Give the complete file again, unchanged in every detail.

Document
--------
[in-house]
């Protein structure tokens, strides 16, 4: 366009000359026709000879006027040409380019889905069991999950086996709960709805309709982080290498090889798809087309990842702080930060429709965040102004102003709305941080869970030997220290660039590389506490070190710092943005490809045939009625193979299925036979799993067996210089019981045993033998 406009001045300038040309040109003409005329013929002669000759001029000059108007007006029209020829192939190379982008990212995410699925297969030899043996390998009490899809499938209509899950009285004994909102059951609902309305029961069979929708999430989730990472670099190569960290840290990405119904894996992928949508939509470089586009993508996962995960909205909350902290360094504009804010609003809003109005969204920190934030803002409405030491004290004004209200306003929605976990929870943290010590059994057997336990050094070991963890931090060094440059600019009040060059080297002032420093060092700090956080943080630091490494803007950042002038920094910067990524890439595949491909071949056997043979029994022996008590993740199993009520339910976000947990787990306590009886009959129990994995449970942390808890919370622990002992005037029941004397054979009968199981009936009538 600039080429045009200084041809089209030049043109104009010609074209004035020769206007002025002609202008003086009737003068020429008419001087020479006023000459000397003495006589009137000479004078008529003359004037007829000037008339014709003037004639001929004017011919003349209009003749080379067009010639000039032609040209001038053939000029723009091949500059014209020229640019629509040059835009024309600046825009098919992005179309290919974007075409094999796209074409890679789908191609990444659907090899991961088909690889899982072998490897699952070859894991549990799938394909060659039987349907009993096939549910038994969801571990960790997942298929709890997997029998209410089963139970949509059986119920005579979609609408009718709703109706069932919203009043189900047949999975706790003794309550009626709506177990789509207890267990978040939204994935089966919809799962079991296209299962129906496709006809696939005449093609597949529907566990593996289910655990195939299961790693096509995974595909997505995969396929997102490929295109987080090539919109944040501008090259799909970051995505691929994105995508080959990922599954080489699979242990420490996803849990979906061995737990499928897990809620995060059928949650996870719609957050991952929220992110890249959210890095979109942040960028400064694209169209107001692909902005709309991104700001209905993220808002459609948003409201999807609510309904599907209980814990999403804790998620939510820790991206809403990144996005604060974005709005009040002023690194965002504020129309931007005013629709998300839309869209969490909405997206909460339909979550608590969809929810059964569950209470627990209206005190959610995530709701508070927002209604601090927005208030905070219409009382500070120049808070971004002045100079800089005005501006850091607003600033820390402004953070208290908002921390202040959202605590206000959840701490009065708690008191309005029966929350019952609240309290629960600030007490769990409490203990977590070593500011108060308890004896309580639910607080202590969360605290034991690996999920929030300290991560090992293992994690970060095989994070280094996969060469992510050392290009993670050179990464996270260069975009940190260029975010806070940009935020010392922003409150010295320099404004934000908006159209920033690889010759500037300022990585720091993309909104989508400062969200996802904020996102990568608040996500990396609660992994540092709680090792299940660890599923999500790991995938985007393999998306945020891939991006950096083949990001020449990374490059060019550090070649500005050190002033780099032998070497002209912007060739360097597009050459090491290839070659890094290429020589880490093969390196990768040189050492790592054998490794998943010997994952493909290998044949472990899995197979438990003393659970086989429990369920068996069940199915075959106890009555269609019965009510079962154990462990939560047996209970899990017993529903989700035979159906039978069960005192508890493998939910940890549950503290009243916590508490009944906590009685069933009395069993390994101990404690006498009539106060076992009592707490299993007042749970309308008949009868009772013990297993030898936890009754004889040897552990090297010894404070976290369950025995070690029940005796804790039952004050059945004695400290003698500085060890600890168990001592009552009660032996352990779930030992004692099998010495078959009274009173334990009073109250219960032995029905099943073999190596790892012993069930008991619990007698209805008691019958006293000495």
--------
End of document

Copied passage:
[in-house]
């Protein structure tokens, strides 16, 4: 366009000359026709000879006027040409380019889905069991999950086996709960709805309709982080290498090889798809087309990842702080930060429709965040102004102003709305941080869970030997220290660039590389506490070190710092943005490809045939009625193979299925036979799993067996210089019981045993033998 406009001045300038040309040109003409005329013929002669000759001029000059108007007006029209020829192939190379982008990212995410699925297969030899043996390998009490899809499938209509899950009285004994909102059951609902309305029961069979929708999430989730990472670099190569960290840290990405119904894996992928949508939509470089586009993508996962995960909205909350902290360094504009804010609003809003109005969204920190934030803002409405030491004290004004209200306003929605976990929870943290010590059994057997336990050094070991963890931090060094440059600019009040060059080297002032420093060092700090956080943080630091490494803007950042002038920094910067990524890439595949491909071949056997043979029994022996008590993740199993009520339910976000947990787990306590009886009959129990994995449970942390808890919370622990002992005037029941004397054979009968199981009936009538 600039080429045009200084041809089209030049043109104009010609074209004035020769206007002025002609202008003086009737003068020429008419001087020479006023000459000397003495006589009137000479004078008529003359004037007829000037008339014709003037004639001929004017011919003349209009003749080379067009010639000039032609040209001038053939000029723009091949500059014209020229640019629509040059835009024309600046825009098919992005179309290919974007075409094999796209074409890679789908191609990444659907090899991961088909690889899982072998490897699952070859894991549990799938394909060659039987349907009993096939549910038994969801571990960790997942298929709890997997029998209410089963139970949509059986119920005579979609609408009718709703109706069932919203009043189900047949999975706790003794309550009626709506177990789509207890267990978040939204994935089966919809799962079991296209299962129906496709006809696939005449093609597949529907566990593996289910655990195939299961790693096509995974595909997505995969396929997102490929295109987080090539919109944040501008090259799909970051995505691929994105995508080959990922599954080489699979242990420490996803849990979906061995737990499928897990809620995060059928949650996870719609957050991952929220992110890249959210890095979109942040960028400064694209169209107001692909902005709309991104700001209905993220808002459609948003409201999807609510309904599907209980814990999403804790998620939510820790991206809403990144996005604060974005709005009040002023690194965002504020129309931007005013629709998300839309869209969490909405997206909460339909979550608590969809929810059964569950209470627990209206005190959610995530709701508070927002209604601090927005208030905070219409009382500070120049808070971004002045100079800089005005501006850091607003600033820390402004953070208290908002921390202040959202605590206000959840701490009065708690008191309005029966929350019952609240309290629960600030007490769990409490203990977590070593500011108060308890004896309580639910607080202590969360605290034991690996999920929030300290991560090992293992994690970060095989994070280094996969060469992510050392290009993670050179990464996270260069975009940190260029975010806070940009935020010392922003409150010295320099404004934000908006159209920033690889010759500037300022990585720091993309909104989508400062969200996802904020996102990568608040996500990396609660992994540092709680090792299940660890599923999500790991995938985007393999998306945020891939991006950096083949990001020449990374490059060019550090070649500005050190002033780099032998070497002209912007060739360097597009050459090491290839070659890094290429020589880490093969390196990768040189050492790592054998490794998943010997994952493909290998044949472990899995197979438990003393659970086989429990369920068996069940199915075959106890009555269609019965009510079962154990462990939560047996209970899990017993529903989700035979159906039978069960005192508890493998939910940890549950503290009243916590508490009944906590009685069933009395069993390994101990404690006498009539106060076992009592707490299993007042749970309308008949009868009772013990297993030898936890009754004889040897552990090297010894404070976290369950025995070690029940005796804790039952004050059945004695400290003698500085060890600890168990001592009552009660032996352990779930030992004692099998010495078959009274009173334990009073109250219960032995029905099943073999190596790892012993069930008991619990007698209805008691019958006293000495």